The main focus of my philosophical work is on the challenges that cultural diversity presents to the universalist agenda of human rights. This is best exemplified by the subject of my doctoral thesis, entitled “Human Rights and the Problem of Ethnocentrism,” which I completed in August of 2011 at Oxford University, under the supervision of Professors Jeremy Waldron, John Tasioulas, and Roger Crisp. In my thesis, I treat ethnocentrism as a ubiquitous tendency, since it is patent that we all favour (at least to some extent) the moral beliefs and practices that we have been exposed to via the process of socialization. But I also treat ethnocentrism as a dangerous epistemological hazard, one that threatens to undermine the soundness of our moral reasoning about the content and requirements of human rights, among other moral norms. As part of an attempt to address this hazard, my thesis highlights two limited respects in which ethnocentrism can be avoided in moral argument.
Along with my work on the problem of ethnocentrism, I have interests in various core topics in the philosophy of human rights. For instance, in forthcoming work I argue, pace some theorists, for the usefulness and coherence of abstract and unclaimable human rights. In other recent research, including a draft article co-written with S. Matthew Liao (NYU), I have been critical of the contemporary polemic between political and orthodox theories of the nature and grounds of human rights. And in a recent review article, I have pointed out some of the dangers of elevating human rights to the status of a utopian ideal. My work in these areas has been published in several peer-reviewed journals, including Utilitas (revise and resubmit), Human Rights Quarterly, and Res Publica. Moreover, with the encouragement of Peter Momtchiloff at Oxford University Press, I am currently assembling an edited volume provisionally entitled, Human Rights: Moral or Political? The volume will focus on the debates, issues, and tensions generated by the dual status of human rights as both moral rights, on the one hand, and politically and legally-practiced rights, on the other.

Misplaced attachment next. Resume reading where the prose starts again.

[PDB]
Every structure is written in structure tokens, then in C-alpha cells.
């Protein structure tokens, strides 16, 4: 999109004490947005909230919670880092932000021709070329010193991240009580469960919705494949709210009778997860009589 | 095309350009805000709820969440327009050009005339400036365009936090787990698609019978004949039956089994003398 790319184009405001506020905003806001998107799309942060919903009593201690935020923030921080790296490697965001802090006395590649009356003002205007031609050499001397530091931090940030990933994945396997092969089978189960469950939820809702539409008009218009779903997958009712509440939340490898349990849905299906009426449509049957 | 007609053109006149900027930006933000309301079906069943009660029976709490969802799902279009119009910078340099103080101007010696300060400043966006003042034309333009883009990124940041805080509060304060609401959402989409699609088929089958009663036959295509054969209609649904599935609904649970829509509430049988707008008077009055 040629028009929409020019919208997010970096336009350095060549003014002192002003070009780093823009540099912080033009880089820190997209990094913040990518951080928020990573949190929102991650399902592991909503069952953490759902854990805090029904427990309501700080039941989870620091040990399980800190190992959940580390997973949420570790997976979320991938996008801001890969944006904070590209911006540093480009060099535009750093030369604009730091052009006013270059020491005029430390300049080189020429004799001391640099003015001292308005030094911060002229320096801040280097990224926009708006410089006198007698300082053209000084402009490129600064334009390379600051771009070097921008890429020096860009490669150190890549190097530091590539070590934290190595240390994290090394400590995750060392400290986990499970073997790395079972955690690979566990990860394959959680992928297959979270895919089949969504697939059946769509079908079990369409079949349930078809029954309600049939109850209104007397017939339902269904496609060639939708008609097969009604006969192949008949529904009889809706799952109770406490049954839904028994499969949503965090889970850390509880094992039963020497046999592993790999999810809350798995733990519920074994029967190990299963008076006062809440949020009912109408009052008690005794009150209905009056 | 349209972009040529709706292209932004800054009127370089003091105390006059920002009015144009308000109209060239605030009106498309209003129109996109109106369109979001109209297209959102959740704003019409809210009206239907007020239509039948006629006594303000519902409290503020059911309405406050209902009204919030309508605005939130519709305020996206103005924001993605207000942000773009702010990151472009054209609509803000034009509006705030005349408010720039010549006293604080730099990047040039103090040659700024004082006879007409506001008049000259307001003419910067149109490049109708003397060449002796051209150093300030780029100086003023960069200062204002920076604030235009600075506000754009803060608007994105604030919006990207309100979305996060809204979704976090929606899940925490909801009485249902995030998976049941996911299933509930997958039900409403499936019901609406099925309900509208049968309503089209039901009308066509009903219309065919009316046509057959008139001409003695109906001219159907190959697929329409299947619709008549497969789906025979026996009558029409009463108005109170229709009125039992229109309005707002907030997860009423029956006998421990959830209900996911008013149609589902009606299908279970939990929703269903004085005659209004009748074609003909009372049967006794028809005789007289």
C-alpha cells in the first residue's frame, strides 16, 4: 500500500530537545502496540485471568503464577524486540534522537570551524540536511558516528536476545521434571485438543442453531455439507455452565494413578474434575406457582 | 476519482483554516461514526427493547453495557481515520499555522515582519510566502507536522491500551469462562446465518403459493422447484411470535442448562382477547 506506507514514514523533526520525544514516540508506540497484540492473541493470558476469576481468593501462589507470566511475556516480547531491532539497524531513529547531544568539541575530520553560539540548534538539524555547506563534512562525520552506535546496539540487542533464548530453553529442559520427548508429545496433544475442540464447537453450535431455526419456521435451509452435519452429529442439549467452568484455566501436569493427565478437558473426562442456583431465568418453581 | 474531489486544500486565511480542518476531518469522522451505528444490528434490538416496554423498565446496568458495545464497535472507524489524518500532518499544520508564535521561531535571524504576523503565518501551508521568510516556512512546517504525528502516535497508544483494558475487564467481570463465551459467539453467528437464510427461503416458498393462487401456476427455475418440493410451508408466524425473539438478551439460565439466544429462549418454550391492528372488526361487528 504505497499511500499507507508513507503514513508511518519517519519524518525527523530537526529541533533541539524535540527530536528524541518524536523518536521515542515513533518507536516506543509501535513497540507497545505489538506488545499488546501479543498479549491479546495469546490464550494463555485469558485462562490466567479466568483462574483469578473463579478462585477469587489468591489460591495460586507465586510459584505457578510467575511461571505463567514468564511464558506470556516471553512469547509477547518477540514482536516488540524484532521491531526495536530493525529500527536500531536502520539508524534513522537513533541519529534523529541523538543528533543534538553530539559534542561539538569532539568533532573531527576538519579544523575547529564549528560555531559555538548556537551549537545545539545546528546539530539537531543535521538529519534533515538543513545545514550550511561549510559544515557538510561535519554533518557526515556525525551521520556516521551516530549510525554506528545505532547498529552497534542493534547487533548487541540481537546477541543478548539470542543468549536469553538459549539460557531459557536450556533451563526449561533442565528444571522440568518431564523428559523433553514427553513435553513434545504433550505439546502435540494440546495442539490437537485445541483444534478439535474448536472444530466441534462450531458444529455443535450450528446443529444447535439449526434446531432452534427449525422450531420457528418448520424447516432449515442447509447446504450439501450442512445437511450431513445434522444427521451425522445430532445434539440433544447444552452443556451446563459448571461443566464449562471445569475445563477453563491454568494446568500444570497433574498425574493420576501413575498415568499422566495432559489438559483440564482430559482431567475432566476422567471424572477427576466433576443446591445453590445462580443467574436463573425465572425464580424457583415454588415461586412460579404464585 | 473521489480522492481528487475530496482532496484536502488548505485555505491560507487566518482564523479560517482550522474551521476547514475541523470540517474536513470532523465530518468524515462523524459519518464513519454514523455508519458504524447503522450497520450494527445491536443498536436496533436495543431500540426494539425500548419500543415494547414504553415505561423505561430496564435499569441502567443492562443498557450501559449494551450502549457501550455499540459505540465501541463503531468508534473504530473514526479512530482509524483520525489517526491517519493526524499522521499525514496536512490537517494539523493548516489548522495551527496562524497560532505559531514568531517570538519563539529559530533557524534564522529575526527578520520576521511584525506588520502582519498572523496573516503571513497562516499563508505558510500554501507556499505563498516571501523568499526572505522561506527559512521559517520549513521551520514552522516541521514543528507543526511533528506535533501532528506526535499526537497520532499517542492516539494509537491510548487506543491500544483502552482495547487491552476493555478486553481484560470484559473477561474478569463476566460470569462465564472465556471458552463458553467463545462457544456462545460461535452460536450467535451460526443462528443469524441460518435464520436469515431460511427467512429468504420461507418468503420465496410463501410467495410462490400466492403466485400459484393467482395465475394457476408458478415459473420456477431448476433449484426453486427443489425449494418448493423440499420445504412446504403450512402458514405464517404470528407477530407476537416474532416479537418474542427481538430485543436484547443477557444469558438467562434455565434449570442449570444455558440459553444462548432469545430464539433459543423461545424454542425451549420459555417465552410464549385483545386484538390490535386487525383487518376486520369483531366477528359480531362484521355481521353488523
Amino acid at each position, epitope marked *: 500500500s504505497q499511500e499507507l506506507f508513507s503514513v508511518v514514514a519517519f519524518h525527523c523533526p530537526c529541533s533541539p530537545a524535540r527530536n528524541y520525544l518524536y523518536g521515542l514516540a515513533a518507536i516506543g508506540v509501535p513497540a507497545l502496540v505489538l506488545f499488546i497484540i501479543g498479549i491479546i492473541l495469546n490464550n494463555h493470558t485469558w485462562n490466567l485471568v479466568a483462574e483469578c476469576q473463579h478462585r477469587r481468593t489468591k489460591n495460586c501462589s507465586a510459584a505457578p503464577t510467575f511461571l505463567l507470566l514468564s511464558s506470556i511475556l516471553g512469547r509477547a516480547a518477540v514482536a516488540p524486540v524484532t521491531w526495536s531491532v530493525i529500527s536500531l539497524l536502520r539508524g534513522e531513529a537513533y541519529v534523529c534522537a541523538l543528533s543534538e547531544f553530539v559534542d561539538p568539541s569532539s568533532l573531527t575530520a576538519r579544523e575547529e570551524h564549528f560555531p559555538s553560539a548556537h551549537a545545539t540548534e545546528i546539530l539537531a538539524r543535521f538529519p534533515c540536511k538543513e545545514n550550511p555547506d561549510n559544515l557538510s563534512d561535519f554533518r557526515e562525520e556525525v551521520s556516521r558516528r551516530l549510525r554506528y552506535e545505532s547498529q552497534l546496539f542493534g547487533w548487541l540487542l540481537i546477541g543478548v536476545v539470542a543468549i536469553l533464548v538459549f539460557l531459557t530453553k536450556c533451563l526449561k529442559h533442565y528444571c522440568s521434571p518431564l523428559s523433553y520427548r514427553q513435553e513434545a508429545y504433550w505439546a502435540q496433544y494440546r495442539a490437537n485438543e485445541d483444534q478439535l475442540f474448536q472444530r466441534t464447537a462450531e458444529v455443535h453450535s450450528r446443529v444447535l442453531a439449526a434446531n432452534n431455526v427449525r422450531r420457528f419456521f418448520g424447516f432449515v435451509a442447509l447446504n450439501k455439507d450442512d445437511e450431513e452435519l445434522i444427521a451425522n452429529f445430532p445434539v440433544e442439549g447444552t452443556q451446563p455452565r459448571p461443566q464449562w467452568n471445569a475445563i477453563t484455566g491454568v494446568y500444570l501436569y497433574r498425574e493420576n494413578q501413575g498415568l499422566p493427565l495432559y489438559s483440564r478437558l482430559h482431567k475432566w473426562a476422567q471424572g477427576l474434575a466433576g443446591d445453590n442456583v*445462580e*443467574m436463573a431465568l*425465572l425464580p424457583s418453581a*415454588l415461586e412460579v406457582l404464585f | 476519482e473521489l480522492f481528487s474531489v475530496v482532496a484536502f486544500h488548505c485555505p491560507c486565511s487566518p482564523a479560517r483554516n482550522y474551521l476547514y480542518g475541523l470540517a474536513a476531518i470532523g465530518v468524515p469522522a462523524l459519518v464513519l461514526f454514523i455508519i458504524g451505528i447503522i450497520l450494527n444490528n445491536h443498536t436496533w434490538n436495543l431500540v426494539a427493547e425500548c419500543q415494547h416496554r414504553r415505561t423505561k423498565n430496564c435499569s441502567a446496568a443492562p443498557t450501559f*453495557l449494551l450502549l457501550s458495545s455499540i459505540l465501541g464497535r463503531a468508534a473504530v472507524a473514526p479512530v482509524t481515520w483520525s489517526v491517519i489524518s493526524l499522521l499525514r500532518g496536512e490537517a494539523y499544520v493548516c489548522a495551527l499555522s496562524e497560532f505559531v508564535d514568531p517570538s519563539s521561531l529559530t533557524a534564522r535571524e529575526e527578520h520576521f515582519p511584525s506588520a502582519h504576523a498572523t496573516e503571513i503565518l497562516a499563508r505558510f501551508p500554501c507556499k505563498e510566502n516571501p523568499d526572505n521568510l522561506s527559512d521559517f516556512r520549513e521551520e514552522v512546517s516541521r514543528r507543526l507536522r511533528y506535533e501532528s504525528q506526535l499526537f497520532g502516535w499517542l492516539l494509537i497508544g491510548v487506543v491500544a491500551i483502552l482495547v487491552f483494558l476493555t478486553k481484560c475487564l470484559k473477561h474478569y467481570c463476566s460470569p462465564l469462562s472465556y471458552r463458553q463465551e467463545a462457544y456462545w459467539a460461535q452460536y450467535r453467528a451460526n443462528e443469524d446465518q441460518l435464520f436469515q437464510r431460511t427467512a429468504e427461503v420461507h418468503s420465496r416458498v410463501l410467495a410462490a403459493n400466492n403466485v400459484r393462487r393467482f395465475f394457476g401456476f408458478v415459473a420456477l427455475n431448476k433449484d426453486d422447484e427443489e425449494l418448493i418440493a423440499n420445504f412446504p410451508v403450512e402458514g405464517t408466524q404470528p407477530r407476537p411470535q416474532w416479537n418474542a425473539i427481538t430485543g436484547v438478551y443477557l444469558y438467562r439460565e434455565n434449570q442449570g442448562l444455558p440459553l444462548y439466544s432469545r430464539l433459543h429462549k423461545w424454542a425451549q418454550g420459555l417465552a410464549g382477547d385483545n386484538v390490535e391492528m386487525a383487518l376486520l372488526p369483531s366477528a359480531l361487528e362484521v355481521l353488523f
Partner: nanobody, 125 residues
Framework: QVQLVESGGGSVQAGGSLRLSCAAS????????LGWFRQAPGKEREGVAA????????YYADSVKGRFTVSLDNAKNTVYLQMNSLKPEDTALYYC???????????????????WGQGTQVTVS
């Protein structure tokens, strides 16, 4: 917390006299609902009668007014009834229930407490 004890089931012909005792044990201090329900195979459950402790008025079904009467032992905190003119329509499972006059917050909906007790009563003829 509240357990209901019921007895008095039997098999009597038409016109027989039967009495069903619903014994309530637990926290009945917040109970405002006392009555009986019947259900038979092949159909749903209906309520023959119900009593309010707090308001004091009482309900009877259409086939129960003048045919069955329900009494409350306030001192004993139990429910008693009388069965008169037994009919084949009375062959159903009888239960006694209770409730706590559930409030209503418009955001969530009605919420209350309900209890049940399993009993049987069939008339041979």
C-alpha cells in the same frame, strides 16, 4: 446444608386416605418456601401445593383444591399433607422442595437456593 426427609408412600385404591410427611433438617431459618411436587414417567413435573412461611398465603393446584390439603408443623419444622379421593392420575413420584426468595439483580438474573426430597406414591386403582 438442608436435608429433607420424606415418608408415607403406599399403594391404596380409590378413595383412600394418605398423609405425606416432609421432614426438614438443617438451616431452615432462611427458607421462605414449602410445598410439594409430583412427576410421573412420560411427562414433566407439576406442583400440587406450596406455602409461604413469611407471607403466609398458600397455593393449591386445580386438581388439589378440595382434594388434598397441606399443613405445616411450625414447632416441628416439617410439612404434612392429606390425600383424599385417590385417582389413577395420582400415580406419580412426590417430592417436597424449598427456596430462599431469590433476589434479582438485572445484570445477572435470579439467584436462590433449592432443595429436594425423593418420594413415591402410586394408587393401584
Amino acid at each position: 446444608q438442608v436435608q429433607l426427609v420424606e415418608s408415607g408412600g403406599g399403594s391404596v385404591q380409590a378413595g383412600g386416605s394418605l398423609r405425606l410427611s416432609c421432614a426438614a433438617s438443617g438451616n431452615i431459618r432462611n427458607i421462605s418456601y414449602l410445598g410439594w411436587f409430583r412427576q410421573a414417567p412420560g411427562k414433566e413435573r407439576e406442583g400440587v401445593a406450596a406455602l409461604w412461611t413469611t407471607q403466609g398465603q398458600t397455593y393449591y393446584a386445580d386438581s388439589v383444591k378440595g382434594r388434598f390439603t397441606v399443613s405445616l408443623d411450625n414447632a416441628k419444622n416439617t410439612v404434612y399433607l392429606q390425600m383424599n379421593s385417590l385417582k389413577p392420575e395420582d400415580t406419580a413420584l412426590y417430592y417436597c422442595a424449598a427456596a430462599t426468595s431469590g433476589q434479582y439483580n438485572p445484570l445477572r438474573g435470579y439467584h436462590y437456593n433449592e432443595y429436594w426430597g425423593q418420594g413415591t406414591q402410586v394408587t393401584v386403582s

A third focus of my research is on the theoretical foundations of liberalism. This is a topic that I have explored through both teaching and research. For instance, as a Course Lecturer in the Department of Philosophy at McGill University, I have developed and taught two different courses on the subject of liberal theories of toleration (one in the Winter of 2009 and the other in the Winter of 2012). I have also written on the topic of Rawls’ theory of political liberalism and public reason. In particular, in a recent draft article I have argued against political liberalism’s exclusion of truth as a standard of judgment in moral and political argument.
In addition to my present position as a Postdoctoral Fellow at the Center for Research in Ethics at the University of Montreal (CRÉUM), where I am working with Professor Daniel Weinstock, I am also an Affiliate Member of the Department of Philosophy at McGill University.